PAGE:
How to write a CV for an international job
International job roles require a slightly different CV format to a standard role. Unless you’ve been working for an international organisation for years, you probably won’t have any direct experience, so you’ll have to show transferable experience from your past roles. This means making good use of the intro (profile, personal statement or objective) which can very quickly show a HR manager glancing through a stack of CVs why you’re right for the position.
We’re going to take a look at a fantastic example of an international CV that comes from another website and how it is different from a standard application. The CV is on the right.
First, you’ll see that the profile very clearly spells out how the candidate’s previous experience is relevant to the role. She’s worked in PR and this type of experience is going to be highly transferable to an ambassador position.
Then you’ll notice how the education section follows the profile. On a UK CV this would be different, but it’s more common in other countries such as the US. The candidate here has picked out a few details from her course that are relevant to the position (i.e. her knowledge of European history) for added credit.
The next point to note is that the candidate has a relatively short employment history but she’s focused here on how she’s completed work relevant to the job she’s applying for.
Next, in the skills section, the candidate has explained HOW she has acquired the skills she wants to demonstrate, rather than just listing them. This is really important as anyone can just list off skills, without giving examples. She’s picked out four key skills here – you wouldn’t need to list every requirement of the job, as some skills would be demonstrated through your work history, education or even interests.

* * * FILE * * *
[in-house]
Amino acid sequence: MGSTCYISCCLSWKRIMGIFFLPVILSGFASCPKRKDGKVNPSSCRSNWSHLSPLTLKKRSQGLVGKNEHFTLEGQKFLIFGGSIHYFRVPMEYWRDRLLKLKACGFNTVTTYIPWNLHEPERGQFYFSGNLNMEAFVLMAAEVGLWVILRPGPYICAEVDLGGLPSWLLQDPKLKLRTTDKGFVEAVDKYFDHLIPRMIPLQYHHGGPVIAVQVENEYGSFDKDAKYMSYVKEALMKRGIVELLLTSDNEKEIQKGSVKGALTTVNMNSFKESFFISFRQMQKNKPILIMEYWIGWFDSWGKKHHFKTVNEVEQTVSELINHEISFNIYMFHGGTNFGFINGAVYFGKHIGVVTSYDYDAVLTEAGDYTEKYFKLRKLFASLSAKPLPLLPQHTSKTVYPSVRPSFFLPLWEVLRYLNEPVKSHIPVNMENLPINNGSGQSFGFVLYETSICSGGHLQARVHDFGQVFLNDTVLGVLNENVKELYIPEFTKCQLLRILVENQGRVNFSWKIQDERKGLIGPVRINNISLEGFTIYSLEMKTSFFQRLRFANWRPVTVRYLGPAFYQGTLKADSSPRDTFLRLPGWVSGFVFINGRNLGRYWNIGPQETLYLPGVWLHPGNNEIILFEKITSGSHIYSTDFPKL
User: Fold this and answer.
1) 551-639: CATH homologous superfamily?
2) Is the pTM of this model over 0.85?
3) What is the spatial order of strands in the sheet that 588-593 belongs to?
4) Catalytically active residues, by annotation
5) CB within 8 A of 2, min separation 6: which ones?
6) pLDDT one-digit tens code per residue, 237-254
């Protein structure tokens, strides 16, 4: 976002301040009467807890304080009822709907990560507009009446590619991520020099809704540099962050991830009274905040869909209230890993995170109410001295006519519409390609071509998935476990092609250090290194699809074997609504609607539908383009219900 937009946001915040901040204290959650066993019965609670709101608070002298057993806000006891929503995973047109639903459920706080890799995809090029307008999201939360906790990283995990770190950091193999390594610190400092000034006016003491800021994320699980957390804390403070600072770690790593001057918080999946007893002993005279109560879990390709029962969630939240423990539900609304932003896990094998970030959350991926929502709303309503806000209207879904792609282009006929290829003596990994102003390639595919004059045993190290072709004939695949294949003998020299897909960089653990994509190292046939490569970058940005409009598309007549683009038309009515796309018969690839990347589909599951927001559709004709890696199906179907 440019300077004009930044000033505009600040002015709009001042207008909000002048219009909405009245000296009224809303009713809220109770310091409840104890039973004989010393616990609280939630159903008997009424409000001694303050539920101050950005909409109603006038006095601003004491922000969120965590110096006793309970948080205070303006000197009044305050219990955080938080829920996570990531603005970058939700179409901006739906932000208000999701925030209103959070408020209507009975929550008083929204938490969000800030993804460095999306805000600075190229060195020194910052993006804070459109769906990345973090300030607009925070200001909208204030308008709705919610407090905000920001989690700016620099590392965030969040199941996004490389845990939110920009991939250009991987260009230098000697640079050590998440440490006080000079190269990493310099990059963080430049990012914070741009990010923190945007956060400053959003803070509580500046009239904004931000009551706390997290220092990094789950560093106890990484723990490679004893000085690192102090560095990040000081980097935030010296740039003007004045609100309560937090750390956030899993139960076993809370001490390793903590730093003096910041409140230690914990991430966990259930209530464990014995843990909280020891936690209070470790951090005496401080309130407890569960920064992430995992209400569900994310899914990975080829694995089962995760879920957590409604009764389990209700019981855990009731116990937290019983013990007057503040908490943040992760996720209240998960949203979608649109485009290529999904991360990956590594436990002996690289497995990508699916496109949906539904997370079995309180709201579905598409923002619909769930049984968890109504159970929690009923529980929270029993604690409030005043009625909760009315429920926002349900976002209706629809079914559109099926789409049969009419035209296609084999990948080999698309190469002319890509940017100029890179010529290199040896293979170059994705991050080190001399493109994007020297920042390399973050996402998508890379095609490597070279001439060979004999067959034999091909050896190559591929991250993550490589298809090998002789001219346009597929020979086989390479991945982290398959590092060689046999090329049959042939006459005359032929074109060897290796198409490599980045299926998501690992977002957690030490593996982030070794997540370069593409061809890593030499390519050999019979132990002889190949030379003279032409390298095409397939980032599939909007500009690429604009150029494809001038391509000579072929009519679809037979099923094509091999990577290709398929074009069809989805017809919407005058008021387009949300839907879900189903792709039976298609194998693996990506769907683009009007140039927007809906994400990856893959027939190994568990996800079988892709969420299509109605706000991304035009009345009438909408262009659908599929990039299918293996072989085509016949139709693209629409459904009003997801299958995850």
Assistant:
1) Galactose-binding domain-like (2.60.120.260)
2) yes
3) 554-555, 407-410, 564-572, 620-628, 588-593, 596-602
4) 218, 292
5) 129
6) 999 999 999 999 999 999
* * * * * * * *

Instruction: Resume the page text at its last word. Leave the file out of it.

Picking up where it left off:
The candidate has included some memberships on this CV although it won’t always be appropriate to do so. You’d only include memberships that were relevant to the role. A relevant membership would be one that shows an interest in a profession or sector that relates closely to the role.
Next, you’ll see that the candidate has included some interests. This helps the HR manager build a picture of what she is like as a person. It can also send other messages – for example, that she’s happy working in groups, enjoys socialising and networking, and likes to stay in shape. Of course, these signals are taken from healthy hobbies and so, they will be perceived in the candidate’s favour. If instead she had written ‘drinking and socialising’, the prospective employer would immediately wonder about hangovers and sick days.
Finally, this candidate has chosen to include their current employer as a reference. Not all candidates are happy to do this. If you haven’t told your current employer that you’re leaving, you might instead want to put ‘references available on request’ in this part of your CV.
The CV template has a couple of other nice features including languages down the side and space for some additional text (such as secondary skills). There’s also room at the bottom for a couple of quotations which might come from past employers – or these could be traded to make space for some achievements.
You can download this awesome international CV template here for free. Consider translating the finished CV to another language if you’re sending off your application abroad.
International CV template preview: